As semester one ends, I now know that February has been the best and worst month of Erasmus. It’s such a breath of fresh air, starting a whole new semester and all the anticipation that comes with a brand-new summer semester but half the fun.
With Christmas break over, it was my first return to Prague. In my taxi drive from the airport to my accommodation, calling my friends, I began anticipating what we adventure Prague would gift me once again. My flight back to Prague for semester two landed at 10pm but that couldnt stop me and my friends from exploring Prague again, as if it were the first-time landing in this beautiful city. As cliché as it may sound, the amazing thing about Prague is that it never sleeps. The streets are always roaming with students and tourists, and I can truly say I’ve never met students who are as friendly as the ones you meet on the streets of Prague. I never thought that it would be so easy to meet people in a city. Cities are supposed to be isolation and difficult to navigate, no? Perhaps, living in a commuter’s town, west of London, clouded my expectations of living in a city, but people always told me that moving abroad, particularly to a capital city could be very lonely. People couldn’t be more wrong. And even if they were right, they have definitely never been a student in Prague.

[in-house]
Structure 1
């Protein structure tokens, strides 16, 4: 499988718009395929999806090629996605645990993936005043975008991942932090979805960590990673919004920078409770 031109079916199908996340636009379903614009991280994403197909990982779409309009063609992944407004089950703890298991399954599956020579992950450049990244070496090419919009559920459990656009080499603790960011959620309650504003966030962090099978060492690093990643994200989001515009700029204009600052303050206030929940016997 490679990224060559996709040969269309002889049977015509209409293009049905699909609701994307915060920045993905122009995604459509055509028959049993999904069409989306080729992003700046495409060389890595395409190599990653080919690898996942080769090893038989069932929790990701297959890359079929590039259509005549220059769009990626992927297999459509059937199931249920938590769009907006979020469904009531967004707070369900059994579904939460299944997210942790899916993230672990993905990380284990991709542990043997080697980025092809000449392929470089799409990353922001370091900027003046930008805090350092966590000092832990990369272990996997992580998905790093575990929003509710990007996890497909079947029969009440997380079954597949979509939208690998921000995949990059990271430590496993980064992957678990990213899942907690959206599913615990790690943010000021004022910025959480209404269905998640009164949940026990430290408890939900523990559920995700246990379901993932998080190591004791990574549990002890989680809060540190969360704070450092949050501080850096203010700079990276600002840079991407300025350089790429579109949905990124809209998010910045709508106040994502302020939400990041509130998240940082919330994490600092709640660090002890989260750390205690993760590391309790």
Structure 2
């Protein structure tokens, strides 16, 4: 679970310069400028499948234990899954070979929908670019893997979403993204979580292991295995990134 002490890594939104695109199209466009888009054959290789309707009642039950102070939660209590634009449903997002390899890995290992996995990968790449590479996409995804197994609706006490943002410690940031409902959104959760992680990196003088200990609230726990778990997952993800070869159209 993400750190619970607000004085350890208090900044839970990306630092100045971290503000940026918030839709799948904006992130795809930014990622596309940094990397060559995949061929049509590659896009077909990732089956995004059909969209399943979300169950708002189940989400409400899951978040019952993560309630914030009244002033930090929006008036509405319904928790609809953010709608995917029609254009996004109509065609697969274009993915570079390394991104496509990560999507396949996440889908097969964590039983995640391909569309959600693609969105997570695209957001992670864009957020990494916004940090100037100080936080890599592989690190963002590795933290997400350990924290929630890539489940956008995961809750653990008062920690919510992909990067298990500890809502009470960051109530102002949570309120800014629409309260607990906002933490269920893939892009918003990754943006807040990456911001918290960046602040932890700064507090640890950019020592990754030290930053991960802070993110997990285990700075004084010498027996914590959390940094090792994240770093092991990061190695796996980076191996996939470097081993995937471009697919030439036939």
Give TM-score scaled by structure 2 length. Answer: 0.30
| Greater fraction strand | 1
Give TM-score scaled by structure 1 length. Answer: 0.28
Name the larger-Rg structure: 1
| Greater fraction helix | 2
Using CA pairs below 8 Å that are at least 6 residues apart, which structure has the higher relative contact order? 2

Although the ‘FOMO’ was hitting me hard, I came back to Prague a little later than my friends (I admit I can be a hardcore homebody at times). This of course meant that I would have all of the people I cared about already there, ready to reunite. I was overcome with emotions. These are people that I have spent the last four months with in a new, scary, beautiful place and seeing them again for the first time was really the essence of a year abroad. I felt like I had reunited with long distance, childhood friends. You know, those friends that you used to be inseparable with at school, spent every minute you could together, and knew each other’s deepest darkest secrets, which back then was probably some secret crush.
As I stepped out the taxi and reunited with my friends, I hugged them with a warm embrace. In that moment, it was a flash- forward, to years later, reuniting again. We always knew that the friendships we make on Erasmus eventually become long distance friendships, but you never realise how soon it happens. Unfortunately, a lot of my Erasmus friends were only doing a semester abroad, which meant that they were leaving already. It was just February, and already I was saying goodbye to some of the best people. And just like that, the close friends I had made on Erasmus, became long distance friends I had once met on Erasmus, like a passing memory.
Everyone who signs up to Erasmus, signs up knowing that there will be many goodbyes. Goodbyes to family at home, to friends, to comfort. But also, goodbyes to places you go, goodbye to experiences you have and goodbyes to friends you make on Erasmus.